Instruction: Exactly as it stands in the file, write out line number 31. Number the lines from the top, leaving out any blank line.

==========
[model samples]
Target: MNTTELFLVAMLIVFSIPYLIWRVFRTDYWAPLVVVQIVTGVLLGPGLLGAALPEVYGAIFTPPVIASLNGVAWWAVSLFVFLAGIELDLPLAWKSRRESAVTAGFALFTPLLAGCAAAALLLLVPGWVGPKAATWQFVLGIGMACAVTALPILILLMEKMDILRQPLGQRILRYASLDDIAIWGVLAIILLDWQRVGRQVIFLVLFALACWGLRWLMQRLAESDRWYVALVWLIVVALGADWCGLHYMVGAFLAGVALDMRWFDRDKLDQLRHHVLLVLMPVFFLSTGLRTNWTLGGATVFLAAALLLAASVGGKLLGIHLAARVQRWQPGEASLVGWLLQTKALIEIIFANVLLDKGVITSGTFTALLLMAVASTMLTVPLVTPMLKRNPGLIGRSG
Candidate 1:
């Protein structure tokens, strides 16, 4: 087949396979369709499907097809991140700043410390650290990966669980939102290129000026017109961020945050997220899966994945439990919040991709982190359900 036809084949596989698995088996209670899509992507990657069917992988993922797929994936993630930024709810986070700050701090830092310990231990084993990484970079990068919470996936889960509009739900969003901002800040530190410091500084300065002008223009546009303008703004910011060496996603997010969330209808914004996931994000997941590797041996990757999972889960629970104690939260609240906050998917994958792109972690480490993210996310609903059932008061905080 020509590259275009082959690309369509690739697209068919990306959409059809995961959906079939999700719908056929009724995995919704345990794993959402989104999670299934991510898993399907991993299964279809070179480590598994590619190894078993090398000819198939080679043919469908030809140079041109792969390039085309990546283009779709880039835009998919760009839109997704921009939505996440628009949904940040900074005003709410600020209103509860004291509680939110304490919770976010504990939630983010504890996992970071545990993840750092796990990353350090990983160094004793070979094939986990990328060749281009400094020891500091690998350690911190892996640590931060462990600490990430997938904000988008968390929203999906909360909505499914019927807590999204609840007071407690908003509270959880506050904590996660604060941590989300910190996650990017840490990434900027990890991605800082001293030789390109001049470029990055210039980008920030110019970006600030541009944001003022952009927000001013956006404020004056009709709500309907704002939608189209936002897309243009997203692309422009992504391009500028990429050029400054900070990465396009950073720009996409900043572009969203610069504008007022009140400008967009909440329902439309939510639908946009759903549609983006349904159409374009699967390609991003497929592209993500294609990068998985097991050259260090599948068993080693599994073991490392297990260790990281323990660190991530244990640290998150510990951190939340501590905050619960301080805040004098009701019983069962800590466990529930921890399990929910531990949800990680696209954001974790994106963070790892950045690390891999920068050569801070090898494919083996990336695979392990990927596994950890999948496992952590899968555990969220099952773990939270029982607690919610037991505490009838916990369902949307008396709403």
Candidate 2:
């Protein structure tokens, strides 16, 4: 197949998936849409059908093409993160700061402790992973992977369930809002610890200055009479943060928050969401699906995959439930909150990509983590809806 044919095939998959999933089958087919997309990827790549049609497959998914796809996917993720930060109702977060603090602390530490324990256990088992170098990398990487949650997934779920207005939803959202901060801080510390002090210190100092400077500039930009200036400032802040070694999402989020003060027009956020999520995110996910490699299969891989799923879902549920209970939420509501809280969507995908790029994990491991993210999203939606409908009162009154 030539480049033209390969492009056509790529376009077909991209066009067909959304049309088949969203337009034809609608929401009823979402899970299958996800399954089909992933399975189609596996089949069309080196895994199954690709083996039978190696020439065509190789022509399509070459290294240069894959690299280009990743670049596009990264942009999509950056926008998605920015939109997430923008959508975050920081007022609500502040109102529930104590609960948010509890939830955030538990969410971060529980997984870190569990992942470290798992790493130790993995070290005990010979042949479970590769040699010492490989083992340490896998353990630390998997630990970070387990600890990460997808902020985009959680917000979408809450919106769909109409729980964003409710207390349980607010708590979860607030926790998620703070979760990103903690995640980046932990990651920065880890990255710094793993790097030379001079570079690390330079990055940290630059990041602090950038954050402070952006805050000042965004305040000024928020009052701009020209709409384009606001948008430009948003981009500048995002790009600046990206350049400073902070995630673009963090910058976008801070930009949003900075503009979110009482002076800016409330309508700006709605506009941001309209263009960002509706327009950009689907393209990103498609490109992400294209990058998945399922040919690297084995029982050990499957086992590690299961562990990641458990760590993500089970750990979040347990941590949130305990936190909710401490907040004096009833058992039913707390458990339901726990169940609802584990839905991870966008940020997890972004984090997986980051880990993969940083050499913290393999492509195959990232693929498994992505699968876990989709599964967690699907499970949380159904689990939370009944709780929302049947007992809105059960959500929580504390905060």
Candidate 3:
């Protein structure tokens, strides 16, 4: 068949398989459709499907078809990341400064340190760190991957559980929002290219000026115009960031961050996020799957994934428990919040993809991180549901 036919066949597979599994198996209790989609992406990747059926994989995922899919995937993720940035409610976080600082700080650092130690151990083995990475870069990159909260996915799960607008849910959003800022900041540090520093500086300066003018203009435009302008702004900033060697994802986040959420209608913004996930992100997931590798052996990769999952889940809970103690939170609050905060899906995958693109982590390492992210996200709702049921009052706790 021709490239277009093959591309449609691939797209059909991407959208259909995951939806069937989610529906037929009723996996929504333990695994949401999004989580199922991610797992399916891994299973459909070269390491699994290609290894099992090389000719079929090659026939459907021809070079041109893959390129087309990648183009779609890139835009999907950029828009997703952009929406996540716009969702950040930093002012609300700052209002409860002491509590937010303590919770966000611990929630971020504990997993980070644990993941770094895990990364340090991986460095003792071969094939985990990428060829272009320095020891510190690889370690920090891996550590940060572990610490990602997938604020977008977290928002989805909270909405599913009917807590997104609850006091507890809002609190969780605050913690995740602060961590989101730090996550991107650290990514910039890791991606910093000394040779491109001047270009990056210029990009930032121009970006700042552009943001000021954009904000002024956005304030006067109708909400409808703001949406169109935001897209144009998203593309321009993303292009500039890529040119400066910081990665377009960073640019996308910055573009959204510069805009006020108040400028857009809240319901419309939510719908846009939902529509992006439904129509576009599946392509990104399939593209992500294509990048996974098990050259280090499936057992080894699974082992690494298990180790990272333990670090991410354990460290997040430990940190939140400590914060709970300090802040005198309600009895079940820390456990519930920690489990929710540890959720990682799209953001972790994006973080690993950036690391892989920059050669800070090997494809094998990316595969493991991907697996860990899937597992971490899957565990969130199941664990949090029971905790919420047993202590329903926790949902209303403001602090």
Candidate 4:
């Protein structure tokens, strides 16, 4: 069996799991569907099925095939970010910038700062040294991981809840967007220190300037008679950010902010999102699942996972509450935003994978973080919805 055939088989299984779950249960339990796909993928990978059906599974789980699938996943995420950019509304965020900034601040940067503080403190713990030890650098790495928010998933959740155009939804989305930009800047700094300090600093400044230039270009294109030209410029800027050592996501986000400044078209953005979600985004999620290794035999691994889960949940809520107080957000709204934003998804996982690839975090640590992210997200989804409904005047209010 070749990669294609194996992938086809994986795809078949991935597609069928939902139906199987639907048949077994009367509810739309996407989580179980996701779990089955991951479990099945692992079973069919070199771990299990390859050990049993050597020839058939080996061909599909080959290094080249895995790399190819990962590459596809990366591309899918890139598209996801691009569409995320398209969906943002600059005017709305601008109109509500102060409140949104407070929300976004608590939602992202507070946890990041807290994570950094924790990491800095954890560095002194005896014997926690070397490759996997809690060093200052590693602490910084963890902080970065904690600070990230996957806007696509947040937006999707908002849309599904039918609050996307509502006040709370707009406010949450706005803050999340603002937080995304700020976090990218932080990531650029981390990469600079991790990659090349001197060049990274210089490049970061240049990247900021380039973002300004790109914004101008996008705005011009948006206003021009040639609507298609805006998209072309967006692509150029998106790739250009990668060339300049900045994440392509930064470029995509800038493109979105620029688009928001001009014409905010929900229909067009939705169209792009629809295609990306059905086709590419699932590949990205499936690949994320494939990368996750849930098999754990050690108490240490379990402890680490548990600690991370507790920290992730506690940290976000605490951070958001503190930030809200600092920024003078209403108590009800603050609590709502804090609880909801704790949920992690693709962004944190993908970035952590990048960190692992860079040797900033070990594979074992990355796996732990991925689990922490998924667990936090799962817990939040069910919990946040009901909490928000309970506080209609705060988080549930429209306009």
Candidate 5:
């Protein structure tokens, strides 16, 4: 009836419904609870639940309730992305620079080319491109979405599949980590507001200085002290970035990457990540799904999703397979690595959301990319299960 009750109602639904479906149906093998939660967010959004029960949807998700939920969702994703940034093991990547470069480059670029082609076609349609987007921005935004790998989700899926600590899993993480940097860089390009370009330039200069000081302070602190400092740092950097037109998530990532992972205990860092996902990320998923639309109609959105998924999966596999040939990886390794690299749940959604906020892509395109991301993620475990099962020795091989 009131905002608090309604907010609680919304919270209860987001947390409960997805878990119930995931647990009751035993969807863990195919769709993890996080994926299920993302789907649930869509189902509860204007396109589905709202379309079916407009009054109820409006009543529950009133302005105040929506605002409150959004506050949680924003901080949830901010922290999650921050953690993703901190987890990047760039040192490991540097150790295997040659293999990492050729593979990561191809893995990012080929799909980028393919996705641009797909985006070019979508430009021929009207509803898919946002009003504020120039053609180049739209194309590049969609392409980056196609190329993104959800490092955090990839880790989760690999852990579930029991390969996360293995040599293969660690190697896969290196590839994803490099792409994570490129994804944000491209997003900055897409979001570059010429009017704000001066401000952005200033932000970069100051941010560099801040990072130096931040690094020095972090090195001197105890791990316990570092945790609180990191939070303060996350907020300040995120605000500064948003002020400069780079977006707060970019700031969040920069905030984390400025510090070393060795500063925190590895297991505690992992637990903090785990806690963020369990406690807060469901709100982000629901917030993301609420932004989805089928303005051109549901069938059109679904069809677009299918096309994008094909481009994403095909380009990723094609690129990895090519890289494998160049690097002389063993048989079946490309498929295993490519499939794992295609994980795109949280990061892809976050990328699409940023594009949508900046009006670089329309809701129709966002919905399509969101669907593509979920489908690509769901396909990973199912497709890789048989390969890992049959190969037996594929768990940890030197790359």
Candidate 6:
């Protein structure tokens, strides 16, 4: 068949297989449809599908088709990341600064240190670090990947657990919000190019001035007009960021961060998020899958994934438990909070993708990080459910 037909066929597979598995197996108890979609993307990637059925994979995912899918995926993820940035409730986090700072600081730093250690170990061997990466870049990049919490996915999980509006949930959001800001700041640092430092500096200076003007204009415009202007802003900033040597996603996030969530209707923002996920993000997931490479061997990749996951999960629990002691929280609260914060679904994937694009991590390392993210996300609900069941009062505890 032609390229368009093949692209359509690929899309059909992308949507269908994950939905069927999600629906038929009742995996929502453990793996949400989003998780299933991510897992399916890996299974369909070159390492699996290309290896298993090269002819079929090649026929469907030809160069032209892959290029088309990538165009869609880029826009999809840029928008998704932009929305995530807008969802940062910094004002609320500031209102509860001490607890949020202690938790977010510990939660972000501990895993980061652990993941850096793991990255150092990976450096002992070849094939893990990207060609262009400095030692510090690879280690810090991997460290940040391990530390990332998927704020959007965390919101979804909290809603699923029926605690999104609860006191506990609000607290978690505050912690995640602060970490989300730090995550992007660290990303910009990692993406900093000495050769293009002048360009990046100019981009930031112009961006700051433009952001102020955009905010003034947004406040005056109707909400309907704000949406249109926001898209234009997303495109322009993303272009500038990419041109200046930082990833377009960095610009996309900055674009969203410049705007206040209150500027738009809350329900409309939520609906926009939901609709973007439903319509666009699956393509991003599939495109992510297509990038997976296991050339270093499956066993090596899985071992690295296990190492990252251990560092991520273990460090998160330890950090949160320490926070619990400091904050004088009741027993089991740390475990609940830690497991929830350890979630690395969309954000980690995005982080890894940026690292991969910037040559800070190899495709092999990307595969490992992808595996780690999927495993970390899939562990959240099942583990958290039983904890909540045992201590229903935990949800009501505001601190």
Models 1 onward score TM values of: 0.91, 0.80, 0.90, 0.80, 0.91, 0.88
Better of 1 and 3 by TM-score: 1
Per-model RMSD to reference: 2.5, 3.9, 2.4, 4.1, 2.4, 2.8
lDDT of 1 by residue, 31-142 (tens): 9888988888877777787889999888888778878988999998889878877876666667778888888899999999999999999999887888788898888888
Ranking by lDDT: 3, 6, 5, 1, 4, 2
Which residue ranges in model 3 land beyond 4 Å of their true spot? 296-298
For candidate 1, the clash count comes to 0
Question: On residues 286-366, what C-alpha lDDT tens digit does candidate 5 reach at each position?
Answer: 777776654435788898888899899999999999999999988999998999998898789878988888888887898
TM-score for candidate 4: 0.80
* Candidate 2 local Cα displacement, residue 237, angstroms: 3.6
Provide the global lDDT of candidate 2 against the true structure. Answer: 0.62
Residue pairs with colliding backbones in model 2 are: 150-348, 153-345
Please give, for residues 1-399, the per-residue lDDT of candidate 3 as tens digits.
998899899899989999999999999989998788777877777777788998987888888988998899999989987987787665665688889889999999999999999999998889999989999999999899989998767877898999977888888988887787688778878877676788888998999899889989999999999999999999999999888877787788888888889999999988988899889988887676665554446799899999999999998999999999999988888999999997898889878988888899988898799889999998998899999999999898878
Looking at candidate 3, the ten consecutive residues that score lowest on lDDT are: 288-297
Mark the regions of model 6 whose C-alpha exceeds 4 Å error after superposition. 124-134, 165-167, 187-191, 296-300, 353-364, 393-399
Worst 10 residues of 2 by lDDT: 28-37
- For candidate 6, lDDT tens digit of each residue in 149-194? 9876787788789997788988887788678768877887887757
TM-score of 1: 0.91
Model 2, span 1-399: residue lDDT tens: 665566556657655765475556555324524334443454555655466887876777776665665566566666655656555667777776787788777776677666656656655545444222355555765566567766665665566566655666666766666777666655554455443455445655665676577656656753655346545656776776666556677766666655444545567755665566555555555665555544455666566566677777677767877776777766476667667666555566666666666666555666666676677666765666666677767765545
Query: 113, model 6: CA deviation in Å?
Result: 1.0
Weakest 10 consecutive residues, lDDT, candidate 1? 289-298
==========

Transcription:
Mark the regions of model 6 whose C-alpha exceeds 4 Å error after superposition. 124-134, 165-167, 187-191, 296-300, 353-364, 393-399